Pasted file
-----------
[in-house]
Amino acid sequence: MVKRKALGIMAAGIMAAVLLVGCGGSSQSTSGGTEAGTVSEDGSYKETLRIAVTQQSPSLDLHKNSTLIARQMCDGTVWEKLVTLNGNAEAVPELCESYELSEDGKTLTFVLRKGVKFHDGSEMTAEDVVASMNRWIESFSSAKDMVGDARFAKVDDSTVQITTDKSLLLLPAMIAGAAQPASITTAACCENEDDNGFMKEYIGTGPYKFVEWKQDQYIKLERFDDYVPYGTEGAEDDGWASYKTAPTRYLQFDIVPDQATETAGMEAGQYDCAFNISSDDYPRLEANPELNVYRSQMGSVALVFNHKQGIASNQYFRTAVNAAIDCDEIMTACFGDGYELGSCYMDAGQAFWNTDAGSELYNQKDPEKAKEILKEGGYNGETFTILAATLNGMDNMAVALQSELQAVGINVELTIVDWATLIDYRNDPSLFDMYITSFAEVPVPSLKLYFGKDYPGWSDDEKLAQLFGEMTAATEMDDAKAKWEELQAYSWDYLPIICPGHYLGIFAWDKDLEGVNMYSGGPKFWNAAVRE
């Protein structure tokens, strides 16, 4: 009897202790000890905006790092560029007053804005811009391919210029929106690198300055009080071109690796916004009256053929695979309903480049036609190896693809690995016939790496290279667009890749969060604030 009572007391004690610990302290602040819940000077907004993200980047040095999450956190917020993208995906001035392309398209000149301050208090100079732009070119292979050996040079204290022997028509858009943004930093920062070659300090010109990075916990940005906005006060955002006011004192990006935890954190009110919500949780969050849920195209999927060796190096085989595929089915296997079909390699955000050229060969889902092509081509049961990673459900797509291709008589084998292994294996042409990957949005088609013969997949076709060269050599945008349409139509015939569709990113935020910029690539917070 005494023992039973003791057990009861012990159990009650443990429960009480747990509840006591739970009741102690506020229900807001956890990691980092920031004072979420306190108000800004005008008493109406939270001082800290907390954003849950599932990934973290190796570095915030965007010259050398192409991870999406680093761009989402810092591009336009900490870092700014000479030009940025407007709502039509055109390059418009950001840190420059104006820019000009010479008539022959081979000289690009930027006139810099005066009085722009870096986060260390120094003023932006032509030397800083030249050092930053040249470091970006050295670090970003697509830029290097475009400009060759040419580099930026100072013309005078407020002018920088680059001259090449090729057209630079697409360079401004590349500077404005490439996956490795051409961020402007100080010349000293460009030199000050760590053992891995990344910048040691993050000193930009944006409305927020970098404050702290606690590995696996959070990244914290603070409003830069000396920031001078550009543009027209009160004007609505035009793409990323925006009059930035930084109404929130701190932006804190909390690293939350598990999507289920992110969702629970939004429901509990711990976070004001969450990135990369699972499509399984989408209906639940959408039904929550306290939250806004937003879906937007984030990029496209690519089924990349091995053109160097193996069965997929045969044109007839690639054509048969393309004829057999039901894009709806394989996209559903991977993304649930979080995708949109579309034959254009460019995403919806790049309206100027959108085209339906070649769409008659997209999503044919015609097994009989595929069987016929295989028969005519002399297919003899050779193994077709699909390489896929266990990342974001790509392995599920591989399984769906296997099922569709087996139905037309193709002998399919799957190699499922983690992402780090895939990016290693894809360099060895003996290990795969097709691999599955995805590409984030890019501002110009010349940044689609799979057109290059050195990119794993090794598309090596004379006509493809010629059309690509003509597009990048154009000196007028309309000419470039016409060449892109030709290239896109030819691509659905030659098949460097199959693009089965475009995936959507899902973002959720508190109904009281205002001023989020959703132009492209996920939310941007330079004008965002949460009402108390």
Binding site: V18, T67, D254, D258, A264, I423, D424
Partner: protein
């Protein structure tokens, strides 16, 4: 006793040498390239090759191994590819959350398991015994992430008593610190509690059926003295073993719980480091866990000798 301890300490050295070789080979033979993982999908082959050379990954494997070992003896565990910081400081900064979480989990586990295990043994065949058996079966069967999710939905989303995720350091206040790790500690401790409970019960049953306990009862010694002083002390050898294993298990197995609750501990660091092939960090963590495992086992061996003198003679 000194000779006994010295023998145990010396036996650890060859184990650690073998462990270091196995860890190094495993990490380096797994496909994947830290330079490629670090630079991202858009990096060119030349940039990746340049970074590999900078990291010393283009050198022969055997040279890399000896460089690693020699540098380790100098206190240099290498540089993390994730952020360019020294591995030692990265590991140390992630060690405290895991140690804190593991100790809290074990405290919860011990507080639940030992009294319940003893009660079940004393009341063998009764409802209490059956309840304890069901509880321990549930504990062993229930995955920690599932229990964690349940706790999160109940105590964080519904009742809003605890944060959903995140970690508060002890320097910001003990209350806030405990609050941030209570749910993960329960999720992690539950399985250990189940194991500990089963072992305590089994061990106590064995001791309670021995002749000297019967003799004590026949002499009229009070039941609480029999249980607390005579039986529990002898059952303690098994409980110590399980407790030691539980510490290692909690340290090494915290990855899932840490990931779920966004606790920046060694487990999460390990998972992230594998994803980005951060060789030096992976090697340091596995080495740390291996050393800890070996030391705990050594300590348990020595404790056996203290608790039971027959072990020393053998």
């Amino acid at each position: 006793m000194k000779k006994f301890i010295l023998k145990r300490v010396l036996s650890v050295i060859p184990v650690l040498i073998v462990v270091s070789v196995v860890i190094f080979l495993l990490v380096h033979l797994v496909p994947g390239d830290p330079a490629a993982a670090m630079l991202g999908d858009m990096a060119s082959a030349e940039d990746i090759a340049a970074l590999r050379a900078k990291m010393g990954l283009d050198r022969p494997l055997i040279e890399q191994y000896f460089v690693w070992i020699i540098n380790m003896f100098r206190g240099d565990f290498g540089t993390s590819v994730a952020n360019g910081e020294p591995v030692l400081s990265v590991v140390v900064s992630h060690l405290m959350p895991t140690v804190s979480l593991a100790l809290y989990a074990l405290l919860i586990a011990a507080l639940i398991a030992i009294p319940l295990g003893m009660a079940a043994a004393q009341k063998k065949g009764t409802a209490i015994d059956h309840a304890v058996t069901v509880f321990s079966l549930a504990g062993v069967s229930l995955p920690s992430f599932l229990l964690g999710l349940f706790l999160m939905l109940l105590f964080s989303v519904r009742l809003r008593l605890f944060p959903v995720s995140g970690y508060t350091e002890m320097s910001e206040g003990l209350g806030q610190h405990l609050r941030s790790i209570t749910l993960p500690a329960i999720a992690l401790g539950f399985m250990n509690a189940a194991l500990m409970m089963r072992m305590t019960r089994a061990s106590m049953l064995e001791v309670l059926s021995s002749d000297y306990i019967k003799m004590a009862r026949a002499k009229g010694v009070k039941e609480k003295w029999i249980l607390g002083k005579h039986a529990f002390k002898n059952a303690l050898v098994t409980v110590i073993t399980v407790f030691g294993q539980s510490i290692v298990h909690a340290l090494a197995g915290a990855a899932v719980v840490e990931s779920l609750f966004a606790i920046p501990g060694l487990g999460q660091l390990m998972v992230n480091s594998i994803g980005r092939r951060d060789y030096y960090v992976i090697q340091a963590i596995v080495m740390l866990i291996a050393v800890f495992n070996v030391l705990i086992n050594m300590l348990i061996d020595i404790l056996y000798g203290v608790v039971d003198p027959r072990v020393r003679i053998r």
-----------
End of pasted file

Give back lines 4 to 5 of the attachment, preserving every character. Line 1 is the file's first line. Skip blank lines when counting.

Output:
Binding site: V18, T67, D254, D258, A264, I423, D424
Partner: protein